By Emily McKeon
The newest narrative painted by big-plastic corporations is that we should attempt to eliminate plastic straws from our lifestyles. Companies send influencers on social media cute little reusable straws, some still even being made out of plastic materials, with captions speaking about the amount of plastic we consume—and consumers buy these products “in order to make a difference”. There is now an entire market for “sustainable” straws—ones made with cute designs and colors, or metal ones for a more pleasing aesthetic. New companies have decided to profit off of this rising notion that cutting out plastic straws will save our oceans by marketing metal straws, a material that will still take at least 50 years to decompose once disposed of. According to Condor Ferries statistics, “The world produces 381 million tonnes in plastic waste yearly—this is set to double by 2034. 50% of this is single-use plastic and only 9% has ever been recycled.” This is a huge problem, considering plastic straws don’t make even a full 1% of plastic waste. The question, then, is why are we being persuaded to believe that this is going to save the planet?
“Corporate law today allows for the separation of the personality of a corporation from the personalities of its shareholders… and protects owners and directors from being personally liable for the company’s debts and other obligations.” (GreenPeace) Coca-Cola is the leading plastic polluter in the world. If a consumer were to actively decide to be environmentally conscious when making shopping choices, they may choose to stop buying soda cans, right? The problem with this assumption is that Coca-Cola does not limit their goods to just Coca-Cola soda. What the consumer doesn’t know is that Coca-Cola also owns sub-brands like Fanta, Sprite, vitaminwater, and smartwater. This large corporation has many more assets than meets the eye of the consumer.
A currently trending movie on Netflix, Seaspiracy, can further explain the hidden agendas of polluting companies. In this film, filmmaker Ali Tabrizi goes to great lengths to discover the leading causes of the 13 million tonnes of plastic that enters our oceans yearly. During the film, Tabrizi uncovers shocking discoveries of many corporations which claim to protect the environment are making deals with polluters behind closed doors. Examples of this include Dolphin Safe and the Marine Stewardship Council, who supply labels on products they claim to be “sustainably” caught fish. It’s difficult to even know which companies are bad because they do such a good job at covering their tracks. An example of this can be seen when Tabrizi interviews two women from his “favorite plastic organization”, Plastic Pollution Coalition. He visits them after discovering that fishing gear accounts for 46% of the Great Pacific Garbage Patch, yet PPC never speaks on this subject. The woman says that microplastics are the largest polluters of our oceans. Tabrizi informs her of the statistic involving the fishing gear and asks why it is not a message on the PPC website, and she tells him to speak with the founder of PPC, on the matter. The conversation takes a turn when she gets defensive of the message for individuals to “eat less fish”. Turns out, the Plastic Pollution Coalition is the same organization as the Earth Island Institute—the same corporation that owns the Dolphin Safe Tuna label, who work with the fishing industry to sell more seafood. This proves that large corporations like to divert the individual consumer’s attention away from the real problems at hand.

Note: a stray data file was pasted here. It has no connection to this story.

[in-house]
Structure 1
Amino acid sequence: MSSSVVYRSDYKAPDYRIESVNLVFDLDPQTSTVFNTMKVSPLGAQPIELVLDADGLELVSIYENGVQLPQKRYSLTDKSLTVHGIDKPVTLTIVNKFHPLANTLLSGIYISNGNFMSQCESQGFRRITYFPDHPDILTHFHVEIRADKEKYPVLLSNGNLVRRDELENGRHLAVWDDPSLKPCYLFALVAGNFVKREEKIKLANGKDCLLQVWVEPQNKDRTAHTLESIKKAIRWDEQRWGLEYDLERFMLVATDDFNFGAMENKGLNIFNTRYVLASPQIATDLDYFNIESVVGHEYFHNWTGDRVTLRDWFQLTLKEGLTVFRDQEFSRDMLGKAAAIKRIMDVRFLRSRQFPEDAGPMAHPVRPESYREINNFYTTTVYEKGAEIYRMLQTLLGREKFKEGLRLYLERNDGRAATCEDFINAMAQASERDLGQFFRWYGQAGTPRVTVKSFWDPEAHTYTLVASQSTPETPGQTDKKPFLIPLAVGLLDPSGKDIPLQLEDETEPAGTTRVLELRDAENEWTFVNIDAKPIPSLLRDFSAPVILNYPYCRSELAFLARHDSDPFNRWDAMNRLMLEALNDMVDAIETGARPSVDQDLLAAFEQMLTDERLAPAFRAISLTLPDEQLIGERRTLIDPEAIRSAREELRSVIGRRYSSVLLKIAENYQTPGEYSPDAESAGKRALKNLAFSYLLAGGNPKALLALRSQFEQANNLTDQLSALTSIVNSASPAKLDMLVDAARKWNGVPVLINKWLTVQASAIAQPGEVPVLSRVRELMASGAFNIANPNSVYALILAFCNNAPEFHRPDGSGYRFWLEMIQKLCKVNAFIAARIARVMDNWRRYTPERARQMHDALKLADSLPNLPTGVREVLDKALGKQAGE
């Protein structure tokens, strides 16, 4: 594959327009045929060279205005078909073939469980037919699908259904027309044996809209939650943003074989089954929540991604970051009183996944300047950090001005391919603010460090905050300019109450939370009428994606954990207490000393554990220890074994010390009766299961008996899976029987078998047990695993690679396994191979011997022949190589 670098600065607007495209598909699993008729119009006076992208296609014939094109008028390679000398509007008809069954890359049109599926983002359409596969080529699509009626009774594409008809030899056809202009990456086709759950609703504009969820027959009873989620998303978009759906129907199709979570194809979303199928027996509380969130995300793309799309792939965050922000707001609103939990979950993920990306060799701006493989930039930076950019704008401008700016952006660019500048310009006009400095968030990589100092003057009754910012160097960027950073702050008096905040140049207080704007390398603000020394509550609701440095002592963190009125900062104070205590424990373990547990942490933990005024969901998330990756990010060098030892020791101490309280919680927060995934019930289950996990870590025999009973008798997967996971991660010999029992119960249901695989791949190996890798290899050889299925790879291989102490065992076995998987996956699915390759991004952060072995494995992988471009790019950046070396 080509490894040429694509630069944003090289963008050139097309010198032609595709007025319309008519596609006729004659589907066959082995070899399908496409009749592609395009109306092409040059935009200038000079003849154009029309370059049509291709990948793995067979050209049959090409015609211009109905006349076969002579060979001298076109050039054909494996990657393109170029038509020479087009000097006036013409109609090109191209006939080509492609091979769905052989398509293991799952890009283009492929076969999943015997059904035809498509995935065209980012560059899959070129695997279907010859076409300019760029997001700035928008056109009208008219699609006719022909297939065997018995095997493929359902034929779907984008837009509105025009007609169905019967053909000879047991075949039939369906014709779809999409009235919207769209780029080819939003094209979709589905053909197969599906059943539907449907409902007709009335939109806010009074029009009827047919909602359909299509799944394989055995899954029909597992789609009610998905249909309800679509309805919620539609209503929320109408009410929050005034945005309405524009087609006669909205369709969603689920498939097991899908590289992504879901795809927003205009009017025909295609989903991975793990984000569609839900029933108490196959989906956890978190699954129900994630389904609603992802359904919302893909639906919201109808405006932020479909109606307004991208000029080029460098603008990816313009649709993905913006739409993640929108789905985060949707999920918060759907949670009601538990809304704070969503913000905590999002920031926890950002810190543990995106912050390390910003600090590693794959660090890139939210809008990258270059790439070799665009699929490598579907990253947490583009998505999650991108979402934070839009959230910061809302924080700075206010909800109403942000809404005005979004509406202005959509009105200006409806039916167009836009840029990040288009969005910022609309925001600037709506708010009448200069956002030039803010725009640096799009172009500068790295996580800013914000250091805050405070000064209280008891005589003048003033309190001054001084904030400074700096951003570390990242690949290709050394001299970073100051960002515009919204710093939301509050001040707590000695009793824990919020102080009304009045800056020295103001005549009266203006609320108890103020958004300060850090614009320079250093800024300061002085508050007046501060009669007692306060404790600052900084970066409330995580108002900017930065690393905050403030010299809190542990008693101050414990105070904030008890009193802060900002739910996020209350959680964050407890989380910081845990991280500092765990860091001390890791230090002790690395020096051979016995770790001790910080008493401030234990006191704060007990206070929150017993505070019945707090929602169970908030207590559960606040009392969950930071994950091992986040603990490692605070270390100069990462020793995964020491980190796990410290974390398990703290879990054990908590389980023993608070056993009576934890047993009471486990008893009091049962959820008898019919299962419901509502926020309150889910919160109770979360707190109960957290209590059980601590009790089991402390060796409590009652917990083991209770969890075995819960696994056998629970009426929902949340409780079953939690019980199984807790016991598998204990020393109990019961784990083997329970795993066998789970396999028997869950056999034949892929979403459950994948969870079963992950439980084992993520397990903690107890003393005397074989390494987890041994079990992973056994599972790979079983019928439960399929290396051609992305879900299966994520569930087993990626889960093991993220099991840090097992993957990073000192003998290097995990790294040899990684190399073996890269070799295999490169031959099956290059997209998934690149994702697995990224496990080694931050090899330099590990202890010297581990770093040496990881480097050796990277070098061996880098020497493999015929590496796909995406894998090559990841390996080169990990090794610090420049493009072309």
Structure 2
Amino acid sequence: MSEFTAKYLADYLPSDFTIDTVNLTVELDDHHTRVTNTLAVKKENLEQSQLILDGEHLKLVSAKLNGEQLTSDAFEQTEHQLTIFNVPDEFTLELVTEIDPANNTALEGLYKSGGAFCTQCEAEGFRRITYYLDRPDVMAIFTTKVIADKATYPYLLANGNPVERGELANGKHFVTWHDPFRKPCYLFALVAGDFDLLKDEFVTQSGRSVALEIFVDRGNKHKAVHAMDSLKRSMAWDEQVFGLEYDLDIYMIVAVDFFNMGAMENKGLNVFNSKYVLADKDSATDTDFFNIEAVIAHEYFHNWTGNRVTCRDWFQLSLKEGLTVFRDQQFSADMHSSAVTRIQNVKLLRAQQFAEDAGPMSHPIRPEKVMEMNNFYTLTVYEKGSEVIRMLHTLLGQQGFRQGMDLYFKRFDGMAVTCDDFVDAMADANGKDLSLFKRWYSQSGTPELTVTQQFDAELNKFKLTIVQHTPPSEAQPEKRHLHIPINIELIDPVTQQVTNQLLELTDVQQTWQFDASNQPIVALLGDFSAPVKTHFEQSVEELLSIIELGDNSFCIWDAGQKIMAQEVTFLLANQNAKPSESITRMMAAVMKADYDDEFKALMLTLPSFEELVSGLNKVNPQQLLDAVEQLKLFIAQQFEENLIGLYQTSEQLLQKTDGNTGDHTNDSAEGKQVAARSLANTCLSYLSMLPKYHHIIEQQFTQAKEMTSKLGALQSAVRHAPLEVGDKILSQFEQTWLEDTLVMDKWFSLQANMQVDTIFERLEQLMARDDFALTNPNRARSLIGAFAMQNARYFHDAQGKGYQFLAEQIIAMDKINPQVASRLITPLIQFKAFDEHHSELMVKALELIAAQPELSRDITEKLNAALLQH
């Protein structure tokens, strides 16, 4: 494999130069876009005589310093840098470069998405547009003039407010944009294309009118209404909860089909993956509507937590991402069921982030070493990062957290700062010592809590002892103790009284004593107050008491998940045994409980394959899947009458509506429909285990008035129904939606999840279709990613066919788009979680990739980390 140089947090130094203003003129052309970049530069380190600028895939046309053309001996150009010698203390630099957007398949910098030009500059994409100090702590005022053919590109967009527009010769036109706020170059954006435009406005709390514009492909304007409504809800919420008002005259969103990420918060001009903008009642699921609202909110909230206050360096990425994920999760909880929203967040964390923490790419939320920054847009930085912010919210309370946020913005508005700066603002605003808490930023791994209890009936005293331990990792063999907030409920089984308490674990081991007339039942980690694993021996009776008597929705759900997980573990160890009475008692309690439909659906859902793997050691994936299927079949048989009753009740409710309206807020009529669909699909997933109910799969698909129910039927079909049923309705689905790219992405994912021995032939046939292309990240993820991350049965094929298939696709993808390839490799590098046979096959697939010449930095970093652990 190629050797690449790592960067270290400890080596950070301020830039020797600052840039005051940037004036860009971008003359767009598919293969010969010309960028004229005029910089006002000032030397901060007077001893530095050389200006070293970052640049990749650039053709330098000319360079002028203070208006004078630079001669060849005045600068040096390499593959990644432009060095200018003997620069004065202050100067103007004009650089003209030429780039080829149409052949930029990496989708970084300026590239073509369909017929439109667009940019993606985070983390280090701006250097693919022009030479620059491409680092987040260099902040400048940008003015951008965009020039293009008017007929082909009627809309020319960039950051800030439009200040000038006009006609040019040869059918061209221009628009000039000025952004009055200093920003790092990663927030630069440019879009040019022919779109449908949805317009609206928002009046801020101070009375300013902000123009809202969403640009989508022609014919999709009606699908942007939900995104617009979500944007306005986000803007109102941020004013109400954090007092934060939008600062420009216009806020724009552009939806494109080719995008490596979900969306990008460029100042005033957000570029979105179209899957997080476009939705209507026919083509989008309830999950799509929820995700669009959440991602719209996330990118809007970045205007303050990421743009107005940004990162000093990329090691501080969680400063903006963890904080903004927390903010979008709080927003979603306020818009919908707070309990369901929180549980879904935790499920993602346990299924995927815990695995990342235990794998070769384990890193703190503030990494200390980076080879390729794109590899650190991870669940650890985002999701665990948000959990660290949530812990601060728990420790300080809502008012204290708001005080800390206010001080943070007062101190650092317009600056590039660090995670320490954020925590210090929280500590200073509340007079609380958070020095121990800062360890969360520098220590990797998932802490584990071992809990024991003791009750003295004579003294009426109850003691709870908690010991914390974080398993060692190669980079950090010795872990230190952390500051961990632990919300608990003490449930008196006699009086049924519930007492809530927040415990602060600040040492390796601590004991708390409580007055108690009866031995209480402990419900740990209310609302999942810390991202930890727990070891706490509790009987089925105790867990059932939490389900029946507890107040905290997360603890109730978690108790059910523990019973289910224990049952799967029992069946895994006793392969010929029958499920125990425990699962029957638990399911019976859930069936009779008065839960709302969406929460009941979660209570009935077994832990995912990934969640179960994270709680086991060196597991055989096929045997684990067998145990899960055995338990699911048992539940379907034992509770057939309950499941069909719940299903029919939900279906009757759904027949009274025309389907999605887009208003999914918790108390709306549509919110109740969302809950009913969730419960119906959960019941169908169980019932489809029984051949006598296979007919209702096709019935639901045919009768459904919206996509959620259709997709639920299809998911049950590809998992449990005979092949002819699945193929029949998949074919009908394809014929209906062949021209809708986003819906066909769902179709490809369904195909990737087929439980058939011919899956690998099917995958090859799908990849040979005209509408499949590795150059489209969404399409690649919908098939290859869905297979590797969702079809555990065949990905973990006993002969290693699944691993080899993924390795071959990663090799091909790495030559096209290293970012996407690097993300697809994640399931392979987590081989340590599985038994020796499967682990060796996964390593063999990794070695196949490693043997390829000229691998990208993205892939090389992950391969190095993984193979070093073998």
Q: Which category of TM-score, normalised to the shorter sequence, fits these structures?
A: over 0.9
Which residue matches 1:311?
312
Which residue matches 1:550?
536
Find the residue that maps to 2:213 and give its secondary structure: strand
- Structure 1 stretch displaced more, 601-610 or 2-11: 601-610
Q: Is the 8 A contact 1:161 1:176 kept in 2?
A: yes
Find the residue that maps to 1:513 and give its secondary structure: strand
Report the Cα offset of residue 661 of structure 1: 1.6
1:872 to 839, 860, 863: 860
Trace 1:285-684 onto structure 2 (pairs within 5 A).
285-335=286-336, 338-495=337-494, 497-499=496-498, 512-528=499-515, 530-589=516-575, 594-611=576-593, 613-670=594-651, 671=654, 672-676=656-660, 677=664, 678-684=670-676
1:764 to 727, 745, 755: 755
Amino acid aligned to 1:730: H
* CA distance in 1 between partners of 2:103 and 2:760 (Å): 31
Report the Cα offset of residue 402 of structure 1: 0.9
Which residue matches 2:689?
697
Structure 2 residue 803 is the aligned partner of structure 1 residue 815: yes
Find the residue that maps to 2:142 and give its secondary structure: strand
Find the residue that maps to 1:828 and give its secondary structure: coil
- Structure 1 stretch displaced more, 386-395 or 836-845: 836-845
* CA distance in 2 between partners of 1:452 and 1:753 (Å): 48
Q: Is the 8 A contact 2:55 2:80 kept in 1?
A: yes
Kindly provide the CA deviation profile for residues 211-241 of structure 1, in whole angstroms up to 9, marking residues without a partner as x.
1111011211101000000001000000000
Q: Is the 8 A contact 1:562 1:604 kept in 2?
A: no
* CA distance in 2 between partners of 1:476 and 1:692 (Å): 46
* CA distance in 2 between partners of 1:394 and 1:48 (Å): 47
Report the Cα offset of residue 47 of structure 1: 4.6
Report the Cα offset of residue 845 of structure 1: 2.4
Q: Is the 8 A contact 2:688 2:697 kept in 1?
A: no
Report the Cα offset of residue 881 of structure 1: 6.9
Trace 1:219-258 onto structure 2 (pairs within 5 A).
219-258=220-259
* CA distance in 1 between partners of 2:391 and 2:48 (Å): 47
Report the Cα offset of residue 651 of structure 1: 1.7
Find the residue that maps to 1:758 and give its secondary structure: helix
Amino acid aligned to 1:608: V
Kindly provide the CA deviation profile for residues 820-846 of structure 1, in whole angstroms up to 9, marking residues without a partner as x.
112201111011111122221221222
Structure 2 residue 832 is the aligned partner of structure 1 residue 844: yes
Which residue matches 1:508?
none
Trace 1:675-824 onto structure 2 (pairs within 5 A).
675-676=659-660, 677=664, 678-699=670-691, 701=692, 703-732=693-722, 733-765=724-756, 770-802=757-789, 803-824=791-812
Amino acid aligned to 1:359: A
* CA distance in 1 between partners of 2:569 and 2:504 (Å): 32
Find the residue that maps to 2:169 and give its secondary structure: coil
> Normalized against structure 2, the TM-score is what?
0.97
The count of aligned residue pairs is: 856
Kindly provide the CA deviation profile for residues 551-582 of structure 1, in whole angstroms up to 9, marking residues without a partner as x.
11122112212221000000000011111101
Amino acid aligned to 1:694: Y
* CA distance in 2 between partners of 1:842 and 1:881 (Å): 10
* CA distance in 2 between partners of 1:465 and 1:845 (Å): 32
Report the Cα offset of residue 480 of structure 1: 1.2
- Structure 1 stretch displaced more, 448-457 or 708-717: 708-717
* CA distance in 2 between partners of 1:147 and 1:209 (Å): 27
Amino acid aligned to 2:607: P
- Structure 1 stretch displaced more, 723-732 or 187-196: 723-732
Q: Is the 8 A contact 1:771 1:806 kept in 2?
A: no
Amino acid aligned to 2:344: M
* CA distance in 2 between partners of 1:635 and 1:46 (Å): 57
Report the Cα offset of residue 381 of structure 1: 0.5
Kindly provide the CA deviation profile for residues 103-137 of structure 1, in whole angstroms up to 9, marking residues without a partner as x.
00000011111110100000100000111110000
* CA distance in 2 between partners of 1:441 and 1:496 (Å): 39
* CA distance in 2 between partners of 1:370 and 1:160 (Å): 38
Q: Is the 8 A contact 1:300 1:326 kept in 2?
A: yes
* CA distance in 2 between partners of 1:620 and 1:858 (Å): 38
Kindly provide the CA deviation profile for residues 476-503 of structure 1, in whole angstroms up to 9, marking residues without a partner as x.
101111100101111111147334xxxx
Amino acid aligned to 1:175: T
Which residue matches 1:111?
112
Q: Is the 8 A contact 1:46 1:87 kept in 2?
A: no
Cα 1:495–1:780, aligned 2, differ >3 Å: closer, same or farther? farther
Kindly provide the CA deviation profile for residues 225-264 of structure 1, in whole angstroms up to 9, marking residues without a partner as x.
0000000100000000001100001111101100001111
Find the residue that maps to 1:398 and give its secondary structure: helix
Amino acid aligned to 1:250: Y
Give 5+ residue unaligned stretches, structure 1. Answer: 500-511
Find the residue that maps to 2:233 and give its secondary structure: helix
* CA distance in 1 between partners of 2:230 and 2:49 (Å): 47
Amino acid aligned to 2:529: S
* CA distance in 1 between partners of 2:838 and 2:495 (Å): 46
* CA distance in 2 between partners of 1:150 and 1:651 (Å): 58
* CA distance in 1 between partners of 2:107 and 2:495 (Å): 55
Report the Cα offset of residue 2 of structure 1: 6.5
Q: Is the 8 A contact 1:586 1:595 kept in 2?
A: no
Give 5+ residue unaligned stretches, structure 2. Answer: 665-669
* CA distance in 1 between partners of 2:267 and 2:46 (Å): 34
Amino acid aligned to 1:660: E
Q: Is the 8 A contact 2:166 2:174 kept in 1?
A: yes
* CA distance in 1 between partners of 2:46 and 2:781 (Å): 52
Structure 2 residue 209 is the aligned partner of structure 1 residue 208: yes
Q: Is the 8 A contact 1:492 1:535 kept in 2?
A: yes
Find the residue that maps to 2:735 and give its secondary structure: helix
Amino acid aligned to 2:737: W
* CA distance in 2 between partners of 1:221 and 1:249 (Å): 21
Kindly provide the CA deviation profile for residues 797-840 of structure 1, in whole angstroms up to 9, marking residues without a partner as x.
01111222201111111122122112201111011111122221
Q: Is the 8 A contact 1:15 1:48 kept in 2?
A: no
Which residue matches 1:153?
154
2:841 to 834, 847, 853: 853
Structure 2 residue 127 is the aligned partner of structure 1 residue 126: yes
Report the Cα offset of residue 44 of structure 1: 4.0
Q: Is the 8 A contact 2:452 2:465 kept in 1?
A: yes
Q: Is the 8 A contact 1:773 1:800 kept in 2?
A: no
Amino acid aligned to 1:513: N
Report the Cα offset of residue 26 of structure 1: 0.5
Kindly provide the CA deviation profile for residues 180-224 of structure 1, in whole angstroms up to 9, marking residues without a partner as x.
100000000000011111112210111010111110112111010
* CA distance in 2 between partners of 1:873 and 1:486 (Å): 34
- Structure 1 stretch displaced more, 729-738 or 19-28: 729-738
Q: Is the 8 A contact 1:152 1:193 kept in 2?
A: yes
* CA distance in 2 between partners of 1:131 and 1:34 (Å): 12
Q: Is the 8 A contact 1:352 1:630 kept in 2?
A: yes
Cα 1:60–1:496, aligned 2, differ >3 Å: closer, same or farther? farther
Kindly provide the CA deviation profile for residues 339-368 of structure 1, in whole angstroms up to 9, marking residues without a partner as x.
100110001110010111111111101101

Can the individual consumer make a difference when it comes to the environment with shady corporations all over the world who are never held accountable by state officials? State institutions have a history of having entanglements in corporate interests due to economic interests. Large corporations’ greed involves the most cheaply produced materials for the most money they can accumulate. States turn a blind eye to this because these companies generate economic growth for host states. The public can never be too sure what occurs behind closed doors.
Individuals may not be able to punish large corporations with fines, but they are capable of no longer supporting them by giving them business. If the greed of corporations is money-driven, and if the consumer decides to place their money elsewhere, then maybe it could influence their choices in their environmental impact and
- “100+ Plastic in the Ocean Statistics & Facts (2020-2021).” Condor Ferries, Condor Ferries, 2021, http://www.condorferries.co.uk/plastic-in-the-ocean-statistics.